Our objective was to determine whether cell blocks (CB) performed on unsatisfactory ThinPrep Pap Test™ residual samples rendered additional clinically significant pathologic findings not detected in the original ThinPrep® Pap smears. One hundred consecutive ThinPrep® Paps categorized as unsatisfactory were selected for this study. The cytologic diagnosis of unsatisfactory was based on lack of cellularity (squamous) or complete obscuring blood or inflammation. Residual PreservCyt™ samples from these consecutive unsatisfactory ThinPrep™ Paps were used to prepare a cell block, using the inverted filter technique. One hematoxylineosin (H&E)-stained slide was prepared and evaluated. The amount and the cellular changes were noted for all smear constituents and compared with the original slides. The average patient age was 32 ± 11 yr. The ThinPrep® Pap was performed as a follow-up on a previous abnormal smear (12%), pregnancy (25%), abnormal bleeding (22%), or previous unsatisfactory ThinPrep® Pap (5%), or as routine screening (36%). Variable amounts of endocervical cells, endometrial cells, and metaplastic cells, as well as a variable number of squamous epithelial cells, were present in 89%, 9%, 50%, and 35% in the CB method vs. ThinPrep®, respectively. Abnormal cellular changes were noted in 15% of patients (9% with LSIL, and 6% with atypia of undetermined significance); 9 patients with squamous dysplasia had a previous abnormal ThinPrep® Pap. A follow-up Pap smear and/or cervical biopsy were performed in 10 of the 15 patients with abnormal cytology detected on CB method revealing: LSIL (1 patient), HSIL (1 patient), ASCUS (1 patient), and within normal limits (7 patients). The findings indicate that the preparation of a CB does not contribute significantly. Importantly, no carcinomas or HSILs were identified on CB preparations. Since a large majority of lesions identified were LSILs, a repeat Pap smear in these cases represented a more cost-effective strategy than cell block preparation, although a cell block preparation may be useful in selected cases.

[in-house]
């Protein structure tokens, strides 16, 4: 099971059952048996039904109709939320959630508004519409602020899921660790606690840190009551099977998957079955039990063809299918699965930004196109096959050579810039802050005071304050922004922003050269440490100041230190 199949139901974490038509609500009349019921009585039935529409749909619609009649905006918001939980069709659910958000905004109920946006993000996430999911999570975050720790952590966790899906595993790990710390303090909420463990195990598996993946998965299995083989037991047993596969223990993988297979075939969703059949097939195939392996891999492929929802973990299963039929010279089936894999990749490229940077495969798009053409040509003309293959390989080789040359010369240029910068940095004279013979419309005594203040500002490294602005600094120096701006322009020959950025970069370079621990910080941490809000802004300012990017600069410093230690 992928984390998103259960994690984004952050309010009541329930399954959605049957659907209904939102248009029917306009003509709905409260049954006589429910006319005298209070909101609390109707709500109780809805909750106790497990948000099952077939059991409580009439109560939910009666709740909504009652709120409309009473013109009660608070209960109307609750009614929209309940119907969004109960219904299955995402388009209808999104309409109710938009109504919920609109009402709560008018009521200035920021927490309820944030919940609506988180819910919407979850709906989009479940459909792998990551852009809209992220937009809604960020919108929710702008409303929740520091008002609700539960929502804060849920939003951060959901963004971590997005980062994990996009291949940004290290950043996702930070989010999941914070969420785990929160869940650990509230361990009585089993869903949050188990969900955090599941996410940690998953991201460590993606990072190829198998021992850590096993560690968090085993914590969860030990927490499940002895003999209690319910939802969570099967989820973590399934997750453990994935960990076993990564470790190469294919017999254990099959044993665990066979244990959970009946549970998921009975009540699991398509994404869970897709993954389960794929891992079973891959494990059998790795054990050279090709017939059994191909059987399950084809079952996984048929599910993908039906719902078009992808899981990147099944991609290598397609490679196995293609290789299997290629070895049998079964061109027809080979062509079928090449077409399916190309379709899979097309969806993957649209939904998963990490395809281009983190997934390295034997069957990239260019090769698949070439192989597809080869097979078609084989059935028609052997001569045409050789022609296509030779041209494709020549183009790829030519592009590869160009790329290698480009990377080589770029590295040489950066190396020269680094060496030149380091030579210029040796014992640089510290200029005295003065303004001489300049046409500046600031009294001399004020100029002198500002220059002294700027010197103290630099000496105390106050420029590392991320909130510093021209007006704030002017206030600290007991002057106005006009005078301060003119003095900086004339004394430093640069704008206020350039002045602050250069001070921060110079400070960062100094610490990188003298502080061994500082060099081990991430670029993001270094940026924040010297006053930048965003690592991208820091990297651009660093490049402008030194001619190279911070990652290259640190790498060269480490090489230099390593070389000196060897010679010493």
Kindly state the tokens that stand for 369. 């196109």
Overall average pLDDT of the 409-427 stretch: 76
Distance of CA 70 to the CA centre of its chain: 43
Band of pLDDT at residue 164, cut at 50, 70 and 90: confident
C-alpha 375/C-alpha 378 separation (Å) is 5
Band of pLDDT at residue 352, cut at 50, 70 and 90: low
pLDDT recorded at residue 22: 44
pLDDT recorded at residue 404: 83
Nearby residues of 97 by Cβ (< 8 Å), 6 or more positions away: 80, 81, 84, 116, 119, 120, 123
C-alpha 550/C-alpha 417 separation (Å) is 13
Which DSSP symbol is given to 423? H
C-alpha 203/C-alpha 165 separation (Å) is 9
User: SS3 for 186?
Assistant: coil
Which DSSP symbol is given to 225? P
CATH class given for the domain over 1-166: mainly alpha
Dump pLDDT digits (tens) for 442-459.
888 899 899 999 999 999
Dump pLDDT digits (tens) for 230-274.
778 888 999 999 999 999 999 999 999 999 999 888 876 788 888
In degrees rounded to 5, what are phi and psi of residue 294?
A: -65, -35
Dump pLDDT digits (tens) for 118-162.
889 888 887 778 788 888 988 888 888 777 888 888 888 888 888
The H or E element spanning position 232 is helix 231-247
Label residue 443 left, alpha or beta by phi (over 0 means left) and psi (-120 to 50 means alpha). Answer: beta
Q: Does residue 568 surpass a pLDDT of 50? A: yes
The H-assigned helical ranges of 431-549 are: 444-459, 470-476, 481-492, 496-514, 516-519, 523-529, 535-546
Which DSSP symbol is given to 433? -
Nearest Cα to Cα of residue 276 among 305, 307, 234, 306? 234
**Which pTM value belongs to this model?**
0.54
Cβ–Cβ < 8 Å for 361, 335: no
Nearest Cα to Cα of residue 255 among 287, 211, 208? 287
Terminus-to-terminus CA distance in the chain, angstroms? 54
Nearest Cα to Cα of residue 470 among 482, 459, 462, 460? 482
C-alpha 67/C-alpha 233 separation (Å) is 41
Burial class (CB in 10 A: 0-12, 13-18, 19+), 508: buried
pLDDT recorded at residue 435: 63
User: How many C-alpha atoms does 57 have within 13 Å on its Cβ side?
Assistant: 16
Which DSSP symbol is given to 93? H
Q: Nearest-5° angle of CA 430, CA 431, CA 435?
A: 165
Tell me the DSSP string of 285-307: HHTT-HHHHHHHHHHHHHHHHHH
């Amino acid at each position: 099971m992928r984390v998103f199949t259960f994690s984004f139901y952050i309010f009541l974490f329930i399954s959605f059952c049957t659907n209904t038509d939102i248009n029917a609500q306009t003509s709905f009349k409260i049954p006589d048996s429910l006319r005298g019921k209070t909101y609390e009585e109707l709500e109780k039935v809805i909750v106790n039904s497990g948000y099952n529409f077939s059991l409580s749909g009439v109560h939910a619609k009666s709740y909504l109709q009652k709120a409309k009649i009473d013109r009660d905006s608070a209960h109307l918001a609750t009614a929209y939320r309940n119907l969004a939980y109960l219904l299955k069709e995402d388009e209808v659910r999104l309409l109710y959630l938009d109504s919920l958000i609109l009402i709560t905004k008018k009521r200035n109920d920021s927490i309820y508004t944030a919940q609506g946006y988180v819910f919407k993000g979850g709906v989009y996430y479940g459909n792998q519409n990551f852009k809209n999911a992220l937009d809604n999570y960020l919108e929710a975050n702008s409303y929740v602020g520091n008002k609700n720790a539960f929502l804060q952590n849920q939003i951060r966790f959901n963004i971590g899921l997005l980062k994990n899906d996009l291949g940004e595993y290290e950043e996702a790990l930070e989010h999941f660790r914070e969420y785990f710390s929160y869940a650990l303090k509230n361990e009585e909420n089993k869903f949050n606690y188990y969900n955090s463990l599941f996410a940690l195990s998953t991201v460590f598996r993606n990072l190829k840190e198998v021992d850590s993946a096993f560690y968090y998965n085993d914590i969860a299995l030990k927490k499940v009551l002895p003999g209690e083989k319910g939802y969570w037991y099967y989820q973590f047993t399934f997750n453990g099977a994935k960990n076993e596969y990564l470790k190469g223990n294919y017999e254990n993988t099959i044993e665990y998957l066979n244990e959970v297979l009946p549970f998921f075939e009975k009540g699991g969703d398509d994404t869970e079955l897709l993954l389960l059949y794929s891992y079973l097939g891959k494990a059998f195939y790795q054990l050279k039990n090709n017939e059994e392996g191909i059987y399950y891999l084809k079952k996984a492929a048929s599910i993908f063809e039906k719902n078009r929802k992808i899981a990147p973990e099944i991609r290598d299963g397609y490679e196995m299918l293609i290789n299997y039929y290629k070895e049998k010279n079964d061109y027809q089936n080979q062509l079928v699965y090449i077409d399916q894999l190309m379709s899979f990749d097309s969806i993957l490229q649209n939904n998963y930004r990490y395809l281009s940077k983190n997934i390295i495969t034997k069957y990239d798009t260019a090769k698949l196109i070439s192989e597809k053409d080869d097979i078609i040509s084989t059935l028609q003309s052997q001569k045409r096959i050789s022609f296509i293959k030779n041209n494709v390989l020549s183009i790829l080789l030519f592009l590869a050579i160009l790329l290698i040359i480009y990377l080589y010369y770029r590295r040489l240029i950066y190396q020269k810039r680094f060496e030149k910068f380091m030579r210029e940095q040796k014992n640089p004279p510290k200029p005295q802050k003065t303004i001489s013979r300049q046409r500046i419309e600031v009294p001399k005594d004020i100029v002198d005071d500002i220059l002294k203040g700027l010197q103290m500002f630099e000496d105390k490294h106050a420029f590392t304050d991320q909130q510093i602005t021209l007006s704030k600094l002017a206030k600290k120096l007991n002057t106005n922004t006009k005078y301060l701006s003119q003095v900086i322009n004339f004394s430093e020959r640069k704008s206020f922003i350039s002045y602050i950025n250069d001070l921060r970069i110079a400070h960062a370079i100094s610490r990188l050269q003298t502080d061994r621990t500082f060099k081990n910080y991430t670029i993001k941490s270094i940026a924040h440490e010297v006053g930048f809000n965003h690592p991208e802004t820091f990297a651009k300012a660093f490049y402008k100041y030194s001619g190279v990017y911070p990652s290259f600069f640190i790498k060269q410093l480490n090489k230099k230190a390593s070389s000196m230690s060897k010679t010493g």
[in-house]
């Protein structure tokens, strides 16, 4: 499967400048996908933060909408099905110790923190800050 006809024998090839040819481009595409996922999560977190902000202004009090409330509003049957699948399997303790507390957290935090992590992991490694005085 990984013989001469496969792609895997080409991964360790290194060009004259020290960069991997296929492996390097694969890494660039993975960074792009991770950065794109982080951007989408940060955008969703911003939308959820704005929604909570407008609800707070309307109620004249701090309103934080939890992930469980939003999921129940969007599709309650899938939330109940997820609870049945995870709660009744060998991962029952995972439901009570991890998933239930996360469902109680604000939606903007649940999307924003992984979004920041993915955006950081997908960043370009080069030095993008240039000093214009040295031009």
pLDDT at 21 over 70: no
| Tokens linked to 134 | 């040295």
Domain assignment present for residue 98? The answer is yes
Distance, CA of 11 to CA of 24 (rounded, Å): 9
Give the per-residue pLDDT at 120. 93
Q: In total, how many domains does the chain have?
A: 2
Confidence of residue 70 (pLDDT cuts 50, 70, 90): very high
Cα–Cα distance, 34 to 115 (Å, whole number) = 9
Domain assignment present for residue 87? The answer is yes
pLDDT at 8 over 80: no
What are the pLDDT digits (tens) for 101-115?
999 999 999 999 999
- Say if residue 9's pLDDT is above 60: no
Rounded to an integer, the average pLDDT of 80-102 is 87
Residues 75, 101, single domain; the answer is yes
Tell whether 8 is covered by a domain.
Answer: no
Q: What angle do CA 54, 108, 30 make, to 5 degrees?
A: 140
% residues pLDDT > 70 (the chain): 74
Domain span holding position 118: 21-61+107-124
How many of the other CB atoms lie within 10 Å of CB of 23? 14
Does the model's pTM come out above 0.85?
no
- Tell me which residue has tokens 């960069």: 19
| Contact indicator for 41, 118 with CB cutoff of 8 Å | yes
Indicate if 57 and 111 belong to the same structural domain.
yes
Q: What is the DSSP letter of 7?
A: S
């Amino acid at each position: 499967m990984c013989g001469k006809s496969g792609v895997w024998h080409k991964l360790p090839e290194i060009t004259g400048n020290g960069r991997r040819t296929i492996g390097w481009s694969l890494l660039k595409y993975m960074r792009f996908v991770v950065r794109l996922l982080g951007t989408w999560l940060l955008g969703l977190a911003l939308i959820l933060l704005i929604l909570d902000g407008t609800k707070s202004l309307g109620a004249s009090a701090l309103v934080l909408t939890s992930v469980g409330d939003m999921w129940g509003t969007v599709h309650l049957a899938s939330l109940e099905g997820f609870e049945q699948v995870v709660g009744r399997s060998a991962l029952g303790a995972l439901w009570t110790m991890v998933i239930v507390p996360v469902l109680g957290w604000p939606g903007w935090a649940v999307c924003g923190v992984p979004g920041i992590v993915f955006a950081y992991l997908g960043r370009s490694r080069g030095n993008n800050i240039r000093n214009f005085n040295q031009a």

ASJC Scopus subject areas
- Pathology and Forensic Medicine